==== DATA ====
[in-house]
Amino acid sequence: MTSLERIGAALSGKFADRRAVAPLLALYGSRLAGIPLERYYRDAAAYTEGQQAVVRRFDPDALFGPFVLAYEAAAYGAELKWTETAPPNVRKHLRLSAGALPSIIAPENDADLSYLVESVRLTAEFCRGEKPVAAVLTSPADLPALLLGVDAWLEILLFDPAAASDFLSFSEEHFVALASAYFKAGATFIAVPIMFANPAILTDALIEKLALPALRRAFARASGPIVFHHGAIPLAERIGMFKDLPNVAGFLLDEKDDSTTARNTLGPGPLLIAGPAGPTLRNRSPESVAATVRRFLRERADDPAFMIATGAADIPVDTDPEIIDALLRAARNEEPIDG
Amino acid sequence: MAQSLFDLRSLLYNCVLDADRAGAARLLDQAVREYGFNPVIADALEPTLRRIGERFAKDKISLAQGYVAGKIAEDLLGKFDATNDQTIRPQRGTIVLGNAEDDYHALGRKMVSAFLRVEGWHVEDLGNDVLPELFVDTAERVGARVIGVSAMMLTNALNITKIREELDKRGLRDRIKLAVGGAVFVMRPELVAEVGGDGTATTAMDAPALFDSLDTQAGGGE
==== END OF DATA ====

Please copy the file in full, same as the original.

[in-house]
Amino acid sequence: MTSLERIGAALSGKFADRRAVAPLLALYGSRLAGIPLERYYRDAAAYTEGQQAVVRRFDPDALFGPFVLAYEAAAYGAELKWTETAPPNVRKHLRLSAGALPSIIAPENDADLSYLVESVRLTAEFCRGEKPVAAVLTSPADLPALLLGVDAWLEILLFDPAAASDFLSFSEEHFVALASAYFKAGATFIAVPIMFANPAILTDALIEKLALPALRRAFARASGPIVFHHGAIPLAERIGMFKDLPNVAGFLLDEKDDSTTARNTLGPGPLLIAGPAGPTLRNRSPESVAATVRRFLRERADDPAFMIATGAADIPVDTDPEIIDALLRAARNEEPIDG
Amino acid sequence: MAQSLFDLRSLLYNCVLDADRAGAARLLDQAVREYGFNPVIADALEPTLRRIGERFAKDKISLAQGYVAGKIAEDLLGKFDATNDQTIRPQRGTIVLGNAEDDYHALGRKMVSAFLRVEGWHVEDLGNDVLPELFVDTAERVGARVIGVSAMMLTNALNITKIREELDKRGLRDRIKLAVGGAVFVMRPELVAEVGGDGTATTAMDAPALFDSLDTQAGGGE